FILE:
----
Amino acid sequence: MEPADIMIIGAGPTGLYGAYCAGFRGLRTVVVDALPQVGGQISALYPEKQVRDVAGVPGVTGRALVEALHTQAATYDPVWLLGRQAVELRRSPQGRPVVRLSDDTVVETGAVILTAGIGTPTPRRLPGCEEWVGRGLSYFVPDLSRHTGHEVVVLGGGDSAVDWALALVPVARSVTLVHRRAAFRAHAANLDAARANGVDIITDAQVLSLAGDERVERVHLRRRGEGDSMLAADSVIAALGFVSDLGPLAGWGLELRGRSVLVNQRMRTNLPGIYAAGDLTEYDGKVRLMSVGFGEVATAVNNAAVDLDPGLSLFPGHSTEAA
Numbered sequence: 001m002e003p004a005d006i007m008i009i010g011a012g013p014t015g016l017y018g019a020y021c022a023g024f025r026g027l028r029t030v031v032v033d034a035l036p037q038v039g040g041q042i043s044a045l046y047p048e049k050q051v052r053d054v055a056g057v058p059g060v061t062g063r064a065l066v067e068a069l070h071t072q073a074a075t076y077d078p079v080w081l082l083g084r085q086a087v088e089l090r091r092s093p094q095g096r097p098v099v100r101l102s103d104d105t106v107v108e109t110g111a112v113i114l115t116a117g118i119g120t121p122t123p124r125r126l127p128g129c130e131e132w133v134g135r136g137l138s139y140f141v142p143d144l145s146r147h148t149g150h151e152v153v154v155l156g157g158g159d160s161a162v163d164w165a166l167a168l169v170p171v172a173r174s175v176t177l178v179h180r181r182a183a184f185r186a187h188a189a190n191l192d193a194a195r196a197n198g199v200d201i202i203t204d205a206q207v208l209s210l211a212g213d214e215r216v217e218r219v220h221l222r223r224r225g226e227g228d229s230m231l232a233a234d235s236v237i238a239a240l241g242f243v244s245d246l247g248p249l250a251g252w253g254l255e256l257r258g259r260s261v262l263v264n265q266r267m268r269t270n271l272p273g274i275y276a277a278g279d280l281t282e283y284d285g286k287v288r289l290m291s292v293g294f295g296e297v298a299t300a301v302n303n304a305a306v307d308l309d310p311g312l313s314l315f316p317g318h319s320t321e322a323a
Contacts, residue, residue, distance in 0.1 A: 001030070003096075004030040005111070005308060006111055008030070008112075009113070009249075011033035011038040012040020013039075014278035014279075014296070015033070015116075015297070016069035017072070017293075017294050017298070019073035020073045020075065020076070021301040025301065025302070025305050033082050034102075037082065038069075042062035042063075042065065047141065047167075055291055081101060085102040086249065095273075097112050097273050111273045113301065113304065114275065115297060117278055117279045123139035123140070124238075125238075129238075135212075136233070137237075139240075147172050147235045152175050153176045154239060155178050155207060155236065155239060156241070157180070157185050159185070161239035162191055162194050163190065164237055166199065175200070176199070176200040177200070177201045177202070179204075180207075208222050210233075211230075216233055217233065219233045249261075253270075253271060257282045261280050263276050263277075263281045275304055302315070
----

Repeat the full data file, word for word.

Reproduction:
Amino acid sequence: MEPADIMIIGAGPTGLYGAYCAGFRGLRTVVVDALPQVGGQISALYPEKQVRDVAGVPGVTGRALVEALHTQAATYDPVWLLGRQAVELRRSPQGRPVVRLSDDTVVETGAVILTAGIGTPTPRRLPGCEEWVGRGLSYFVPDLSRHTGHEVVVLGGGDSAVDWALALVPVARSVTLVHRRAAFRAHAANLDAARANGVDIITDAQVLSLAGDERVERVHLRRRGEGDSMLAADSVIAALGFVSDLGPLAGWGLELRGRSVLVNQRMRTNLPGIYAAGDLTEYDGKVRLMSVGFGEVATAVNNAAVDLDPGLSLFPGHSTEAA
Numbered sequence: 001m002e003p004a005d006i007m008i009i010g011a012g013p014t015g016l017y018g019a020y021c022a023g024f025r026g027l028r029t030v031v032v033d034a035l036p037q038v039g040g041q042i043s044a045l046y047p048e049k050q051v052r053d054v055a056g057v058p059g060v061t062g063r064a065l066v067e068a069l070h071t072q073a074a075t076y077d078p079v080w081l082l083g084r085q086a087v088e089l090r091r092s093p094q095g096r097p098v099v100r101l102s103d104d105t106v107v108e109t110g111a112v113i114l115t116a117g118i119g120t121p122t123p124r125r126l127p128g129c130e131e132w133v134g135r136g137l138s139y140f141v142p143d144l145s146r147h148t149g150h151e152v153v154v155l156g157g158g159d160s161a162v163d164w165a166l167a168l169v170p171v172a173r174s175v176t177l178v179h180r181r182a183a184f185r186a187h188a189a190n191l192d193a194a195r196a197n198g199v200d201i202i203t204d205a206q207v208l209s210l211a212g213d214e215r216v217e218r219v220h221l222r223r224r225g226e227g228d229s230m231l232a233a234d235s236v237i238a239a240l241g242f243v244s245d246l247g248p249l250a251g252w253g254l255e256l257r258g259r260s261v262l263v264n265q266r267m268r269t270n271l272p273g274i275y276a277a278g279d280l281t282e283y284d285g286k287v288r289l290m291s292v293g294f295g296e297v298a299t300a301v302n303n304a305a306v307d308l309d310p311g312l313s314l315f316p317g318h319s320t321e322a323a
Contacts, residue, residue, distance in 0.1 A: 001030070003096075004030040005111070005308060006111055008030070008112075009113070009249075011033035011038040012040020013039075014278035014279075014296070015033070015116075015297070016069035017072070017293075017294050017298070019073035020073045020075065020076070021301040025301065025302070025305050033082050034102075037082065038069075042062035042063075042065065047141065047167075055291055081101060085102040086249065095273075097112050097273050111273045113301065113304065114275065115297060117278055117279045123139035123140070124238075125238075129238075135212075136233070137237075139240075147172050147235045152175050153176045154239060155178050155207060155236065155239060156241070157180070157185050159185070161239035162191055162194050163190065164237055166199065175200070176199070176200040177200070177201045177202070179204075180207075208222050210233075211230075216233055217233065219233045249261075253270075253271060257282045261280050263276050263277075263281045275304055302315070